Choosing Riding Gear and Clothes – A Beginners Guide

So you have taken the first steps to becoming a rider! You have found your local stables, booked in for your first lesson and learnt the difference between a gelding and a mare! Now the next step is choosing what to wear, and whilst this sounds like an easy step it’s not! This can be a hugely daunting process if you don’t know where to start, and a hugely costly one unless you’re careful. There are so many clothes and so much equipment involved in riding it can be hard to know where to start. If you are a beginner then before you rush out and buy a whole wardrobe wait until you’ve had a couple of lessons to make sure it is something you will continue with before you make any financial commitments.

A riding school will not expect you to turn up to your first lesson with complete riding kit. Most riding schools will have plenty of essentials that you can borrow. The most important piece if a riding hat and again this is something that most riding schools will have plenty of – you can check this with the school before hand, but all good riding schools will have some spare. If they don’t then it should really raise alarm bells and you may want to consider your choice of stables.

Whilst you don’t need to have the complete riding kit for your first lesson wearing unsuitable clothes can make riding an uncomfortable experience and much harder than it needs to be. So choose your clothes carefully and think about how comfortable they will be in the saddle. Once you have decided that you are going to be a regular down at the stables and a frequent rider choosing good quality riding gear is a great investment. Here are some hints and tips for choosing a good, compact riding wardrobe.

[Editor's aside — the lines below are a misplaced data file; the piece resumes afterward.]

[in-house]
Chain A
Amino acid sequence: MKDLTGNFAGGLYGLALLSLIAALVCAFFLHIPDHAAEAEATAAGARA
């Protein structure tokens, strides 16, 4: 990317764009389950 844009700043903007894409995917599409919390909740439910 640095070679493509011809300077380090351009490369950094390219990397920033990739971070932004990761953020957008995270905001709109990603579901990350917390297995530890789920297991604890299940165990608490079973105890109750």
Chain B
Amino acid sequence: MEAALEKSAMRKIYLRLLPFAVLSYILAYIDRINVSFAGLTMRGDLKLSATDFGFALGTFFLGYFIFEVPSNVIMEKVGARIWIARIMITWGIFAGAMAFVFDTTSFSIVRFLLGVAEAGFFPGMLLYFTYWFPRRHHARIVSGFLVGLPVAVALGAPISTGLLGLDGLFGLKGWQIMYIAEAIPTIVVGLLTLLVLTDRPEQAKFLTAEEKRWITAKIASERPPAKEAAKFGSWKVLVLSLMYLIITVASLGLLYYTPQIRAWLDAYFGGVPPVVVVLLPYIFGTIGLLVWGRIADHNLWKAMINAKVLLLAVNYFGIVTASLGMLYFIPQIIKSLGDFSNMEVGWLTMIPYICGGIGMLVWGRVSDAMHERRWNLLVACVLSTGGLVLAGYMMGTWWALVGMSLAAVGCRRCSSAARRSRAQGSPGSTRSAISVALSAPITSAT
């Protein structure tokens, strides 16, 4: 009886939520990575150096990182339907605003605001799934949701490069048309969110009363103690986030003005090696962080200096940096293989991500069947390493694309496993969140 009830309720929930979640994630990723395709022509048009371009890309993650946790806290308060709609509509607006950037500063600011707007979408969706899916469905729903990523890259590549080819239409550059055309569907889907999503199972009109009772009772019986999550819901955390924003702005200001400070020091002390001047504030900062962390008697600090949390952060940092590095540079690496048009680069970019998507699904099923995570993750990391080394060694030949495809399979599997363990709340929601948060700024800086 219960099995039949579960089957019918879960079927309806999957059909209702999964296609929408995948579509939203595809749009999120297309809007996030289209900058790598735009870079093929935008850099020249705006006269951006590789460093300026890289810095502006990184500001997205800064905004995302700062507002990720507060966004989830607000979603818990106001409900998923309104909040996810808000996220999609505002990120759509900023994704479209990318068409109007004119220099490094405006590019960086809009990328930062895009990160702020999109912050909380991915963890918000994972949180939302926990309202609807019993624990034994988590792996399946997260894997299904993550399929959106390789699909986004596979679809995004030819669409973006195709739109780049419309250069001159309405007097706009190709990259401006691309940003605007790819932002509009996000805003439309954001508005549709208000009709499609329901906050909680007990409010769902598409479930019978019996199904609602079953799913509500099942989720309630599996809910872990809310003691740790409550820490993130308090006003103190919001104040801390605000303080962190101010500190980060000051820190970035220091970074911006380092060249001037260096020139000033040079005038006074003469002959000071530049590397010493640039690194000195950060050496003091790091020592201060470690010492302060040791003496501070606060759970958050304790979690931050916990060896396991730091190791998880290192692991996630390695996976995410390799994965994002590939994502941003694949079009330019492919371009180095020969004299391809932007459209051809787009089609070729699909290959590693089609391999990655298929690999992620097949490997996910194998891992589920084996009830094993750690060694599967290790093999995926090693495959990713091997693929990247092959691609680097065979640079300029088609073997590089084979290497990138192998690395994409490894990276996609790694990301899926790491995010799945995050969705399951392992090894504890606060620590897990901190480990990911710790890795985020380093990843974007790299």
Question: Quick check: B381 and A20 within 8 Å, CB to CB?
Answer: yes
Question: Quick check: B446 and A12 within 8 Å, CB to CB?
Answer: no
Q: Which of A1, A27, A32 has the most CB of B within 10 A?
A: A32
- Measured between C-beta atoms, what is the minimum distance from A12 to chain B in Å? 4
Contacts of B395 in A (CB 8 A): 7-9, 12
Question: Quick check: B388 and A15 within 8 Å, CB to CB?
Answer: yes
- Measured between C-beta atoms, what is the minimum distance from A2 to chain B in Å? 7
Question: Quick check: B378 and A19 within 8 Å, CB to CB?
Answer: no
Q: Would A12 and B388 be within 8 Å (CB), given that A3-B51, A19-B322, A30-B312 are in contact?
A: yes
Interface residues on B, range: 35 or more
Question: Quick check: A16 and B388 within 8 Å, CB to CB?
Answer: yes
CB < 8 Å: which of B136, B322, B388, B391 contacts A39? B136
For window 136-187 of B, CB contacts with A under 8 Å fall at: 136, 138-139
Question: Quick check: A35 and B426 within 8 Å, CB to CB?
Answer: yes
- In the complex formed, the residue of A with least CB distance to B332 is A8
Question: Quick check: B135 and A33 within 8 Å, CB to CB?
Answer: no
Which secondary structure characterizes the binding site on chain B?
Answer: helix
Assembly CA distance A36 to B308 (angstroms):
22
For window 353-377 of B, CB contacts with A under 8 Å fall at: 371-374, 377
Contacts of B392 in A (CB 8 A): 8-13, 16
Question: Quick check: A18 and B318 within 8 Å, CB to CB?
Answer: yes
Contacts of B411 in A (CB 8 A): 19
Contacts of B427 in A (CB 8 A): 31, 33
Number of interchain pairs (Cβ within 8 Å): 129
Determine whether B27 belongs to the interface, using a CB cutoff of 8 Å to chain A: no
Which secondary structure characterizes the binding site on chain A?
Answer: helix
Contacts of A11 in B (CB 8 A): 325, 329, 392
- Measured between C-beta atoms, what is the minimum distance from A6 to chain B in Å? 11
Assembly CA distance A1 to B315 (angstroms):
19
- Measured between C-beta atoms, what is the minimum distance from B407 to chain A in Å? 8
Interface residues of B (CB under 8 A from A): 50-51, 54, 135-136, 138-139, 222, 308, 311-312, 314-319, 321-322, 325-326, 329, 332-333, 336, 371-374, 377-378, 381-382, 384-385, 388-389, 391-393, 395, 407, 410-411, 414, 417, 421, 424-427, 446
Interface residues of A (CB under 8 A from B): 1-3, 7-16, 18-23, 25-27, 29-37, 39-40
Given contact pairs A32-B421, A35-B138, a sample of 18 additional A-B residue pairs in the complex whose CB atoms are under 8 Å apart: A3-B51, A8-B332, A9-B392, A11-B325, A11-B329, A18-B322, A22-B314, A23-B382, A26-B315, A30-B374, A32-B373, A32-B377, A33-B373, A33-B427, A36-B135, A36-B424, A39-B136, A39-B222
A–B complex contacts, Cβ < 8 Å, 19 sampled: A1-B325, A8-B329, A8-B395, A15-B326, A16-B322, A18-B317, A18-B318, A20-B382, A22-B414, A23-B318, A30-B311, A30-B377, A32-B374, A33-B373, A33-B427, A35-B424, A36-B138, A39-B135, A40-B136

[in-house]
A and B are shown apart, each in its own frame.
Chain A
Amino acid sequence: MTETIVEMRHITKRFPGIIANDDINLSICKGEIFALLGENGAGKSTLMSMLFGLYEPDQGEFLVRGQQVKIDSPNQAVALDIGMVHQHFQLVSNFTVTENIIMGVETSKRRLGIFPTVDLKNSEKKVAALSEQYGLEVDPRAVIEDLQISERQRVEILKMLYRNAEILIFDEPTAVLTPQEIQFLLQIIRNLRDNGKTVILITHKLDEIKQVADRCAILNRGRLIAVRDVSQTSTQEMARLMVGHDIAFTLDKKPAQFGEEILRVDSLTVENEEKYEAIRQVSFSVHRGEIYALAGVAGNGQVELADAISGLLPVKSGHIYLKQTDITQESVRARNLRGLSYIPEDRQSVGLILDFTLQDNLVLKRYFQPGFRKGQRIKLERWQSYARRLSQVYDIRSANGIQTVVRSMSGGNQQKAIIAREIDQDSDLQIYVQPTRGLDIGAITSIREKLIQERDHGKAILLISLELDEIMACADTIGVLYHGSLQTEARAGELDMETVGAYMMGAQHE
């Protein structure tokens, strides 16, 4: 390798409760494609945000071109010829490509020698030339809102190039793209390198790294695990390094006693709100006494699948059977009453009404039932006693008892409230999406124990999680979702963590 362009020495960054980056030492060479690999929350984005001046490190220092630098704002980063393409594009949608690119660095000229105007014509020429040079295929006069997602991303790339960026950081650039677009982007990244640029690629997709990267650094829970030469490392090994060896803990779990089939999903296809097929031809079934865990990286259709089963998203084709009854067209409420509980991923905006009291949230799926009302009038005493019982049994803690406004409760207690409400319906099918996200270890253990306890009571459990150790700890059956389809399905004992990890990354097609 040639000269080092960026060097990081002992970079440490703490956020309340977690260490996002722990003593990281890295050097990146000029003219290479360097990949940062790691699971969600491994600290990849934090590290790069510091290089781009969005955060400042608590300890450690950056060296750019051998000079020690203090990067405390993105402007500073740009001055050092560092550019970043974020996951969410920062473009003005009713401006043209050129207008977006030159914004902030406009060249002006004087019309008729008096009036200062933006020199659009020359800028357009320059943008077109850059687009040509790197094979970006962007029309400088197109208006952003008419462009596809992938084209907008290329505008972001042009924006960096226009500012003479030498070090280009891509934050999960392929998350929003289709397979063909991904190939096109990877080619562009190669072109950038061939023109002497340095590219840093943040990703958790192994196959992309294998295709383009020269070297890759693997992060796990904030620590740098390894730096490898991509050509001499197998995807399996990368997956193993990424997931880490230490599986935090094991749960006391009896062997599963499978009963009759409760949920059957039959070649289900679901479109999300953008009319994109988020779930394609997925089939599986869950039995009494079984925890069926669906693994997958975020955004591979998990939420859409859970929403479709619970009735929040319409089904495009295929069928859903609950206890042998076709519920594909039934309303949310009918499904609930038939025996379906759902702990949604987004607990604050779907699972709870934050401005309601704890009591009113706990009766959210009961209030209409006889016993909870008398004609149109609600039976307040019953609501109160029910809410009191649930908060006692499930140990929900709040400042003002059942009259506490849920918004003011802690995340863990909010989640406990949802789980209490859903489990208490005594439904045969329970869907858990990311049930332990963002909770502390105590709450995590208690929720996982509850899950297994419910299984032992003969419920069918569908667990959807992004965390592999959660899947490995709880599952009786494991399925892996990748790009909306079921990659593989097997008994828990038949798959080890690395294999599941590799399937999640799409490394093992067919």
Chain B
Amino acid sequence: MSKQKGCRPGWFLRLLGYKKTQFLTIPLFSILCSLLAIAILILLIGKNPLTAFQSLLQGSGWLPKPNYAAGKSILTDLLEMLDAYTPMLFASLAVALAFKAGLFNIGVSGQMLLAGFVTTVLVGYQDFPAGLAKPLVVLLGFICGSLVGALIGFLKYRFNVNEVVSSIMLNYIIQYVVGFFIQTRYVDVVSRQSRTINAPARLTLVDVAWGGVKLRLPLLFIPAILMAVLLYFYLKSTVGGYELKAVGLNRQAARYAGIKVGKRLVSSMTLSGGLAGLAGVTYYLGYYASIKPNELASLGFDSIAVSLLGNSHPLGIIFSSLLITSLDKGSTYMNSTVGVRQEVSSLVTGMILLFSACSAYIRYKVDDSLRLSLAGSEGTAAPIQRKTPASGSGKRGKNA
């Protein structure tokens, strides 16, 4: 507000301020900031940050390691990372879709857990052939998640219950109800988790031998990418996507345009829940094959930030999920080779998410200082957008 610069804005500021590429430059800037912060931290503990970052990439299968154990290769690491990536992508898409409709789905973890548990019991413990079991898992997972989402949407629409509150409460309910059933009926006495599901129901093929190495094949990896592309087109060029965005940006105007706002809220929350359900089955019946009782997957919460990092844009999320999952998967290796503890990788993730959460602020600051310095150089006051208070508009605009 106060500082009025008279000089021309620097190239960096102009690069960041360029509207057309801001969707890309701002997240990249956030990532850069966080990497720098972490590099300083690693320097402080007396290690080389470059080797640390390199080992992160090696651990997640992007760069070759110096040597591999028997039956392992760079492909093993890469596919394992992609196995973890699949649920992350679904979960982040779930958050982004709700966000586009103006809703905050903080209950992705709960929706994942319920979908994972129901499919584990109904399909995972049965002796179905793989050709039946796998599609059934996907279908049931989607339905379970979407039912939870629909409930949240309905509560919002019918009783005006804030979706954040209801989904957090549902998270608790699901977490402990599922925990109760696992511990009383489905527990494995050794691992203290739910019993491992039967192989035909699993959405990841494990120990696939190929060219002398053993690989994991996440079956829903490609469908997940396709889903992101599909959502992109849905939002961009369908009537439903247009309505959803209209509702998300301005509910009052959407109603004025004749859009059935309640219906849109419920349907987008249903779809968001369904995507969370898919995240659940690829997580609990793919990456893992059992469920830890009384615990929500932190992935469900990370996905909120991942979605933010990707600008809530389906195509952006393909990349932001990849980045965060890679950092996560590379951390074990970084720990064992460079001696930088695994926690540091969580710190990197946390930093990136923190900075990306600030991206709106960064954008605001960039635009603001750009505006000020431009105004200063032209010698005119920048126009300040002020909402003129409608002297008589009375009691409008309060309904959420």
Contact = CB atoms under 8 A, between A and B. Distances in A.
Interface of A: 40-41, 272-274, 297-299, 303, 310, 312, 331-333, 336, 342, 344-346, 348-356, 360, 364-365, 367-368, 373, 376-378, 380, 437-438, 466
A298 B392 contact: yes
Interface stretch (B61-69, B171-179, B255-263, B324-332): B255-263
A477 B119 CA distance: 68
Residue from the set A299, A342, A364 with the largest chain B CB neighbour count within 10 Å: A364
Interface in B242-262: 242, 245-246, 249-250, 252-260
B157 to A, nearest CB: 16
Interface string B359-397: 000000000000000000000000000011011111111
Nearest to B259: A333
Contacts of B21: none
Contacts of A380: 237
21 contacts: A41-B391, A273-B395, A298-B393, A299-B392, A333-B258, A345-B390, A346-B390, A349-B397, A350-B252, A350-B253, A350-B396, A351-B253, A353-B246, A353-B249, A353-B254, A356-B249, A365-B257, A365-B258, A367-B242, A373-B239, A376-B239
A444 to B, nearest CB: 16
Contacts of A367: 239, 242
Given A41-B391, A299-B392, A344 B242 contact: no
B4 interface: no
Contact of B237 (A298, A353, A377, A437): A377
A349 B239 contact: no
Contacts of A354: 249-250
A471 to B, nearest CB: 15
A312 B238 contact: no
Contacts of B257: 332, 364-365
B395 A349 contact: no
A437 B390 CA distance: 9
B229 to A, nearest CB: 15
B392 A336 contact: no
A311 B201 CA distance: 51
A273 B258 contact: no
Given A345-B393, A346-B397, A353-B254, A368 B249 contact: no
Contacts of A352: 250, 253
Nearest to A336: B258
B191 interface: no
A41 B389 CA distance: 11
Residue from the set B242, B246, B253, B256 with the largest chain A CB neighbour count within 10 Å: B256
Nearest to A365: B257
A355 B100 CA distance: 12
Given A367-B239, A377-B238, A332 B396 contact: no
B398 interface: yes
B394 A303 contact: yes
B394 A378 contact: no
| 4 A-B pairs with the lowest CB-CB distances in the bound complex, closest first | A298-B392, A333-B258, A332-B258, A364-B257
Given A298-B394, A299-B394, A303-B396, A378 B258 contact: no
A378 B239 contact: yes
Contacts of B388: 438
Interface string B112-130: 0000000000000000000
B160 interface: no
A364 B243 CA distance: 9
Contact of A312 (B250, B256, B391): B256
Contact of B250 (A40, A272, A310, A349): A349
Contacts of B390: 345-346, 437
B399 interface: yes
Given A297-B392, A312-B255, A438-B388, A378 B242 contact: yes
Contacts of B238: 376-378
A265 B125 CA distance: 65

Although we all like to look good, and we want to make our horse look good, we ned to combine that style with functionality. A rider needs clothes that will not restrict or hinder movements, allowing for a freedom and flexibility whilst looking elegant at the same time. Also as every rider knows riding is a full work out and so fabrics need to be durable and light so that riding cloths remain cool and will also absorb moisture.

The appropriate riding clothes depend on what discipline you are doing but here is a guide to your basic essentials; 1. Riding Hat 2. Riding Boots / Jodhpur Boots 3. Breeches / Jodhpurs 4. Jacket 5. Riding Gloves

Riding clothes have come along and there are now a variety of styles and cuts to suit any shape and any budget so do your research and find out what brands are best for your needs. Find a tack shop or online equestrian shop with a good selection of brands and keep your eyes out for any bargains they may have – a good tip is to think ahead and buy out of season and then you can often get real bargains!


Without doubt riding hats are the most important piece of equestrian clothing. Riding hats consist of a hard shell lined with shock absorbing material and provide vital protection for the rider’s head should they fall from a horse or be kicked by a horse. As well as wearing a riding hat at all times when riding, it is also wise to wear a riding hat whilst lunging, or handling any horse from the ground.